Why Shouldn't Mitt Romney Advertise on Pandora?

08/09/2012 03:30 pm ET | Updated Oct 09, 2012

Crystal Harris of North Carolina was enjoying to the Garth Brooks station on the free version of Pandora, when a message appeared on her iPhone asking her to support Mitt Romney's presidential bid by sharing her email address with the Romney campaign via Pandora.

She was outraged, and tweeted the screenshot along with the hashtag feared most by public relations professionals: #fail.

ProPublica broke the news on the web. Now, Harris' screenshot is going viral.

As with anything else to do with politics, people are getting enraged -- apparently because they A) don't like Romney; B) don't like the idea that his campaign can target Pandora listeners based on station (Garth Brooks fans likely skew Republican); C) hate the idea that an ad within an app can ask for their email address, or D) all of the above.

"Don't harass me on my email," Harris mysteriously told ProPublica -- we say "mysteriously" because that's not what happened here, though email spam is not uncommon for these past 15 years or so. "Don't stalk me on the apps that I use," she added more accurately. "To me, that just crossed the line."

We don't get it.

Flip on a television, and you'll see all sorts of advertisements, assuming you don't know how to use your DVR. Those are targeted based on where you live and what you're watching. Why should music apps be any different?

As for fears about being advertised to based on the music you're listening to, we don't get that either. If the average Garth Brooks fan were asked to send their email address to Barack Obama, wouldn't that feel like even more of an intrusion?

We can hear it now: "Hey, big government, get out of our lives and off of our phones!"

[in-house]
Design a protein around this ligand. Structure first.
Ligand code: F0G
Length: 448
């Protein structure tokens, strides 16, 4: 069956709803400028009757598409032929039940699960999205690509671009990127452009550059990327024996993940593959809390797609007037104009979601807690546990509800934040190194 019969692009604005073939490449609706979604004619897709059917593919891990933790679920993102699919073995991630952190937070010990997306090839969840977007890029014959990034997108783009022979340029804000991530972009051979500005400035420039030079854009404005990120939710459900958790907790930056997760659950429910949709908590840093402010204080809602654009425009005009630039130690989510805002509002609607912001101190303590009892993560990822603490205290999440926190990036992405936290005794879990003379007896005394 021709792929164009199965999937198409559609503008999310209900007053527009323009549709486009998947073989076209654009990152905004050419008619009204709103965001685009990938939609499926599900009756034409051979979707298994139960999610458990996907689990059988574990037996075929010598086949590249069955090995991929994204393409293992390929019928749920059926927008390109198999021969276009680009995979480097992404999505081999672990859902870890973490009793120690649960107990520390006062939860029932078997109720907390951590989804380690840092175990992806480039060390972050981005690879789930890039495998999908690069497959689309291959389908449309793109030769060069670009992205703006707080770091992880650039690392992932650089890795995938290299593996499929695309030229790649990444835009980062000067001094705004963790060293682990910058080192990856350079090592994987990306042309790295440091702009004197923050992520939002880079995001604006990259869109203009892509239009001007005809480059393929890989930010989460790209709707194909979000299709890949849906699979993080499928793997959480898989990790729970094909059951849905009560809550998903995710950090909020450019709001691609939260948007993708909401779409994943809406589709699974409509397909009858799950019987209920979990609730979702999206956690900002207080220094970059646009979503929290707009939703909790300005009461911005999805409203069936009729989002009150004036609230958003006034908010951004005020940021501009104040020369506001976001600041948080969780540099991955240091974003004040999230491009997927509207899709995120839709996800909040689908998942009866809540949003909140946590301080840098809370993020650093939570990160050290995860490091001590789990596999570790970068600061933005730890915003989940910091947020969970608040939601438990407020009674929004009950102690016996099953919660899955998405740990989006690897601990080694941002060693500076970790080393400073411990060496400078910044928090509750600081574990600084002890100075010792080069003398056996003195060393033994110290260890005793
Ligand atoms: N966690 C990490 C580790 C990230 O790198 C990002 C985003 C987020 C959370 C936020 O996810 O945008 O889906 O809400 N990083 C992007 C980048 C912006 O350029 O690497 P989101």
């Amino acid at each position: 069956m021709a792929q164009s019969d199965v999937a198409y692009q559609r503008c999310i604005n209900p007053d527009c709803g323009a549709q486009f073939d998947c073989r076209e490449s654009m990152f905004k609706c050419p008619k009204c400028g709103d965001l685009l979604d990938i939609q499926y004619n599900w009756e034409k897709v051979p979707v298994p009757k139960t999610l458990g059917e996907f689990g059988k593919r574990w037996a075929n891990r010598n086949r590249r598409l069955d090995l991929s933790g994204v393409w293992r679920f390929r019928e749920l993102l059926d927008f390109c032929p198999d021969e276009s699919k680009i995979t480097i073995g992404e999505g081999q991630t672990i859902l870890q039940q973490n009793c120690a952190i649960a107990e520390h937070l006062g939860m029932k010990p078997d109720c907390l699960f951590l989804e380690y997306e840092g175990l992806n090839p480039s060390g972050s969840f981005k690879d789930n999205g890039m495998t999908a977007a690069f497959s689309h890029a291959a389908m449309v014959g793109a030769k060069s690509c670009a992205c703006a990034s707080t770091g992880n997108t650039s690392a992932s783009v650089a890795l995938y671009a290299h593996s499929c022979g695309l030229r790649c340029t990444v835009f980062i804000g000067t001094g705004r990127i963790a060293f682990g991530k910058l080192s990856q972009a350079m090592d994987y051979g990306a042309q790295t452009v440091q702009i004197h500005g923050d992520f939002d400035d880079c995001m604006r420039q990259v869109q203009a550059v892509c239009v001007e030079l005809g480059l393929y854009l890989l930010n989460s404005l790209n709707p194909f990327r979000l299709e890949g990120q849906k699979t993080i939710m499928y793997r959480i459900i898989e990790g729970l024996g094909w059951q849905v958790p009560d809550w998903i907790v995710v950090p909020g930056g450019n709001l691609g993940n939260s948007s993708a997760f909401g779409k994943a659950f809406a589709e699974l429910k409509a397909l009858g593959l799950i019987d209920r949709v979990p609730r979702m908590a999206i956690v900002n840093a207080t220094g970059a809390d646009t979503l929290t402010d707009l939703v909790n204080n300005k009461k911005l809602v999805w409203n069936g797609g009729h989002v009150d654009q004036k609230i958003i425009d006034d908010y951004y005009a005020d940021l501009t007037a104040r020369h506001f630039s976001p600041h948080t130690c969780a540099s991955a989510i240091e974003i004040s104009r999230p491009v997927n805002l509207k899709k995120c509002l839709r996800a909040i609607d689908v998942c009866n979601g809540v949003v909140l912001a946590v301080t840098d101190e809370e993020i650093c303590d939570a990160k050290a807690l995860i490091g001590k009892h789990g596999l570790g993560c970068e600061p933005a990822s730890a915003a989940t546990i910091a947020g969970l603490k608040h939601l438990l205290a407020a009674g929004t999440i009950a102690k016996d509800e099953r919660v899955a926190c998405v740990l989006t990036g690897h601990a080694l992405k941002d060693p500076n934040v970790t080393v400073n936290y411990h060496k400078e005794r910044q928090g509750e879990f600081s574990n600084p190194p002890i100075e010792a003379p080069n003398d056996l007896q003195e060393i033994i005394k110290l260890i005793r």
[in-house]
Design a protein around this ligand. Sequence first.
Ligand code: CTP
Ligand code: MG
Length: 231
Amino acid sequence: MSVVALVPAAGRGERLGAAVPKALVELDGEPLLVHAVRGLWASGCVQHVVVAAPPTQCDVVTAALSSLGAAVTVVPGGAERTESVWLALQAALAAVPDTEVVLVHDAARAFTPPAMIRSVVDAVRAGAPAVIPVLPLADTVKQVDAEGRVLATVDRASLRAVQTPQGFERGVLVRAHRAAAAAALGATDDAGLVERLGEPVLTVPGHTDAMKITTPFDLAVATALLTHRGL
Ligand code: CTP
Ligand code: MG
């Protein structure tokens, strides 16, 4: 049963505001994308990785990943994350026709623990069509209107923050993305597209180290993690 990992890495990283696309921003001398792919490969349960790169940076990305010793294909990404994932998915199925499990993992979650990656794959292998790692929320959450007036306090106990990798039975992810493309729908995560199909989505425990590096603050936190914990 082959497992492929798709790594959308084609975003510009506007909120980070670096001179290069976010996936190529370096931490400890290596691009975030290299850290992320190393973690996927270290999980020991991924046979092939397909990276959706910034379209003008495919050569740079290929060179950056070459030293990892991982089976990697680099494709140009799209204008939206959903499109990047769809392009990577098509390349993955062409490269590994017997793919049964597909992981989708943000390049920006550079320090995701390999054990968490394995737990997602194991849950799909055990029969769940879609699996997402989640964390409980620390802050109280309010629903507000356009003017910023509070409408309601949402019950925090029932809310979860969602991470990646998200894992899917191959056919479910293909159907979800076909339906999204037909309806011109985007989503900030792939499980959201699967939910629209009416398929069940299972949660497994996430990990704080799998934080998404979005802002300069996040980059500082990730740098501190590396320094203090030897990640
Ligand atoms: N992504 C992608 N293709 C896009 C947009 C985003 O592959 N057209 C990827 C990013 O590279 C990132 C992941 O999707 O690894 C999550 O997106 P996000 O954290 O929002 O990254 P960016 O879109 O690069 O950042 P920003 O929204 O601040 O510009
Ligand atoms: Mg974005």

Harris' experience would be problematic if the Pandora app were harvesting her email address and selling it to advertisers, political or otherwise, without her permission -- except that is not what's happenned. As an unidentified Pandora spokeswoman told ProPublica, these ads are "triple opt-in" -- in that listeners have to click on the ad, then click OK before their email address gets shared. We only count that as double opt-in, but still, it's not the same as just selling user information outright.

"Pandora does not make public or share a user's registration information with third-parties without the user's explicit consent," clarified Pandora vice president of advertising Sean Duggan. "On mobile, in particular, we offer many ways for a listener to do this: tapping on a banner ad, tap-to-email, tap-to-call or even opting-in to receive emails from the advertiser."

Although the idea of presidential candidates spying on your listening habits to send you ads might seem scary, in some way, there's really nothing to be surprised about here. It is, quite literally, politics (and advertising) as usual.

While we're on the topic, this isn't the first time this presidential race has entered the music app fray. The candidates have also done battle in the realm of Spotify.